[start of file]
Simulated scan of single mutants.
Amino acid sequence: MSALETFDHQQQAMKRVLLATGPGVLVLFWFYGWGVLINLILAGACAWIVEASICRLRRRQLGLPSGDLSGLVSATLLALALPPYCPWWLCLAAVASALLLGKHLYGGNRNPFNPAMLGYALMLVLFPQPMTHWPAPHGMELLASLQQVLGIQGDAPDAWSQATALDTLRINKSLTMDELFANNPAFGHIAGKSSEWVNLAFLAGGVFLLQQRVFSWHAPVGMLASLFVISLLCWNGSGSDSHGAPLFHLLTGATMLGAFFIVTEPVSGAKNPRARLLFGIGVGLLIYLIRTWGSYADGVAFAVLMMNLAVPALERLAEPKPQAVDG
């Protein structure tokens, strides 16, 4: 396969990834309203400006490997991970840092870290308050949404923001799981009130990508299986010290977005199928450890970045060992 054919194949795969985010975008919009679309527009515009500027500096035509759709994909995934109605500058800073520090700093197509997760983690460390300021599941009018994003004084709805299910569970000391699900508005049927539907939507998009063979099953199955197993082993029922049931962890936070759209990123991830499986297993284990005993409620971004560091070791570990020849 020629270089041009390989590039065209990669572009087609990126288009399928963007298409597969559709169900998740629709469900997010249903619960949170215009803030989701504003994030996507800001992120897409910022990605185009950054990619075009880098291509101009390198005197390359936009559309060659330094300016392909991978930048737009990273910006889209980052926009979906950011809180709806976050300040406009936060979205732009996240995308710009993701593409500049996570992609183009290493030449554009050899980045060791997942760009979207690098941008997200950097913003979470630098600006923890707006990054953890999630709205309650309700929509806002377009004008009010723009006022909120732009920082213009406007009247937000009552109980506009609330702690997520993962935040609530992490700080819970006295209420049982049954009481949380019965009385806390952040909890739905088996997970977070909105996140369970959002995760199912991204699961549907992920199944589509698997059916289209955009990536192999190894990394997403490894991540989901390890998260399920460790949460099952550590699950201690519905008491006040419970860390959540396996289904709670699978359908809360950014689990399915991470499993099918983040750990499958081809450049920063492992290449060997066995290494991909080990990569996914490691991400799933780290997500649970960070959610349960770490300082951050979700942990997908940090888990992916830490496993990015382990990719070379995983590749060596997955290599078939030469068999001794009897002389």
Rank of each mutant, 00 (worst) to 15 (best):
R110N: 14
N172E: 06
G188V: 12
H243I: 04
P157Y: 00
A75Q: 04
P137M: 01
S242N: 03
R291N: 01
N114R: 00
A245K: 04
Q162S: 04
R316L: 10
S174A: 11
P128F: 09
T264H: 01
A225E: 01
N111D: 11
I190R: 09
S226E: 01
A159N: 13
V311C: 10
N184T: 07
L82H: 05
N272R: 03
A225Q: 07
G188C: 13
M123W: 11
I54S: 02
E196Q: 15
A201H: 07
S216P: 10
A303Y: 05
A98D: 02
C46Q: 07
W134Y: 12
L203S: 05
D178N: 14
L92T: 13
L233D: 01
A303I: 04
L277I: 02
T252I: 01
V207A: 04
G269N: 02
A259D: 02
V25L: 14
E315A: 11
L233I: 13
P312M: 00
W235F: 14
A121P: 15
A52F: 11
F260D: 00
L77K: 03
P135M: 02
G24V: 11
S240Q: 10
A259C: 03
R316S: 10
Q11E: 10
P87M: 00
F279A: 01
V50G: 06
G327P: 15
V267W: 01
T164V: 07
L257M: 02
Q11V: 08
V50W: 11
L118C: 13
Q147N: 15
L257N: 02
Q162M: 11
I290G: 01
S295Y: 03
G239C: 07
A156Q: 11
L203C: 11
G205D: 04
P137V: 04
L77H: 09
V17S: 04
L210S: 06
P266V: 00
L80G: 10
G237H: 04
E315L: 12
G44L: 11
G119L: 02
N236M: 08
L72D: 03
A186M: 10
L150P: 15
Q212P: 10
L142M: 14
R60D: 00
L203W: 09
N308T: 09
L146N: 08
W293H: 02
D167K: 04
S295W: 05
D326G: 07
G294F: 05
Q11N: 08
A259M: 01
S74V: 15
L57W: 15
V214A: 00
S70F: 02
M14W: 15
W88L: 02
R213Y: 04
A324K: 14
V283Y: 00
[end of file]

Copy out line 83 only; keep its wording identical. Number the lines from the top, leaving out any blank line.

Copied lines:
L203C: 11